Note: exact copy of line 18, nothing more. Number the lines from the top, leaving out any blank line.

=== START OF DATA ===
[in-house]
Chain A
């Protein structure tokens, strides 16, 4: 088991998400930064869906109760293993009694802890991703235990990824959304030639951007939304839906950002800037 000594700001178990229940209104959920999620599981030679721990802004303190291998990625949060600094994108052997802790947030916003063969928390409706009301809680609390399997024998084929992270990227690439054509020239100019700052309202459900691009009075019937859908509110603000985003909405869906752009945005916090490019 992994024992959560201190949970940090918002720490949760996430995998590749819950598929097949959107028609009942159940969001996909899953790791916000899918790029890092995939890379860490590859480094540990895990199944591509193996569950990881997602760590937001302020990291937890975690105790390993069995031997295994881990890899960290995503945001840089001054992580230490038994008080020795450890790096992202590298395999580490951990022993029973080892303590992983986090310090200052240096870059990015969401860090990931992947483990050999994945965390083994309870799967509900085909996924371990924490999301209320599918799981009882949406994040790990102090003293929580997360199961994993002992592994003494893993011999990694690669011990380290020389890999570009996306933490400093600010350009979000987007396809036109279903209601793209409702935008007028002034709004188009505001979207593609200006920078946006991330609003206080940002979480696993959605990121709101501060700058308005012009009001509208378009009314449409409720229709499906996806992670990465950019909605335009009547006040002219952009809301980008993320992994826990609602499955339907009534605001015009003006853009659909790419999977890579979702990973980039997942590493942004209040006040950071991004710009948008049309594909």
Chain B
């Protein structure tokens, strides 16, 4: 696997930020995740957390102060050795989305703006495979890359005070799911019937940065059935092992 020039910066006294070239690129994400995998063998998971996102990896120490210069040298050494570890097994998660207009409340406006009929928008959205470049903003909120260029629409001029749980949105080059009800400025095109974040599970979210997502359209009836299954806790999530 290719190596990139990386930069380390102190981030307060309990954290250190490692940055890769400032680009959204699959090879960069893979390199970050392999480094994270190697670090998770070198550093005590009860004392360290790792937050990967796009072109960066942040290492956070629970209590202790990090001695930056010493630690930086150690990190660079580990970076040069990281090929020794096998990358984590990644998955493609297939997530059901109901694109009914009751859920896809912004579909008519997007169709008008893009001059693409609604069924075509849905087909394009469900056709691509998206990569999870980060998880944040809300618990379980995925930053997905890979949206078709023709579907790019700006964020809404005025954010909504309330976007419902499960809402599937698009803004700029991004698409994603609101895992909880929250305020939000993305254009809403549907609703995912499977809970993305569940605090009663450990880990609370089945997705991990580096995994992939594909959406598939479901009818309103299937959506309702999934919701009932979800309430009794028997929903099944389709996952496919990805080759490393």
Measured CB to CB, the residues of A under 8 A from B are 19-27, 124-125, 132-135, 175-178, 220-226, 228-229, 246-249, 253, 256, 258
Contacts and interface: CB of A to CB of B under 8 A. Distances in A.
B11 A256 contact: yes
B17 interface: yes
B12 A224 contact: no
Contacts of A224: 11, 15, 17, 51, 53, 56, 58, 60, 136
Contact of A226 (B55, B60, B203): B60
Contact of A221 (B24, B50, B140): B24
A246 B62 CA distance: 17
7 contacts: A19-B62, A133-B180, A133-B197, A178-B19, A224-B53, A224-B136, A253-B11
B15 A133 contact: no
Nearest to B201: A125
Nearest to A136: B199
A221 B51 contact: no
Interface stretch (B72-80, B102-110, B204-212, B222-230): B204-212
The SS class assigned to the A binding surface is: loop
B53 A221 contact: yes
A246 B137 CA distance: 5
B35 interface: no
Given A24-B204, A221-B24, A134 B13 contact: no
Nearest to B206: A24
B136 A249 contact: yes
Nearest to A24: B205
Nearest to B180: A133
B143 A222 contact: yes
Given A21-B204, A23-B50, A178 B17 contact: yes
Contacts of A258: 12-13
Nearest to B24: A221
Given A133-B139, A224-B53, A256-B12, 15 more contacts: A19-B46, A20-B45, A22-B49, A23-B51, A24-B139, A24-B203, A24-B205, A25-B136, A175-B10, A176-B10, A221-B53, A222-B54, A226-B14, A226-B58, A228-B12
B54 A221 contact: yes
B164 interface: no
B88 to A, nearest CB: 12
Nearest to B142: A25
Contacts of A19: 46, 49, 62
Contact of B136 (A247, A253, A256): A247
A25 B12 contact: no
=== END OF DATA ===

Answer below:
Nearest to A136: B199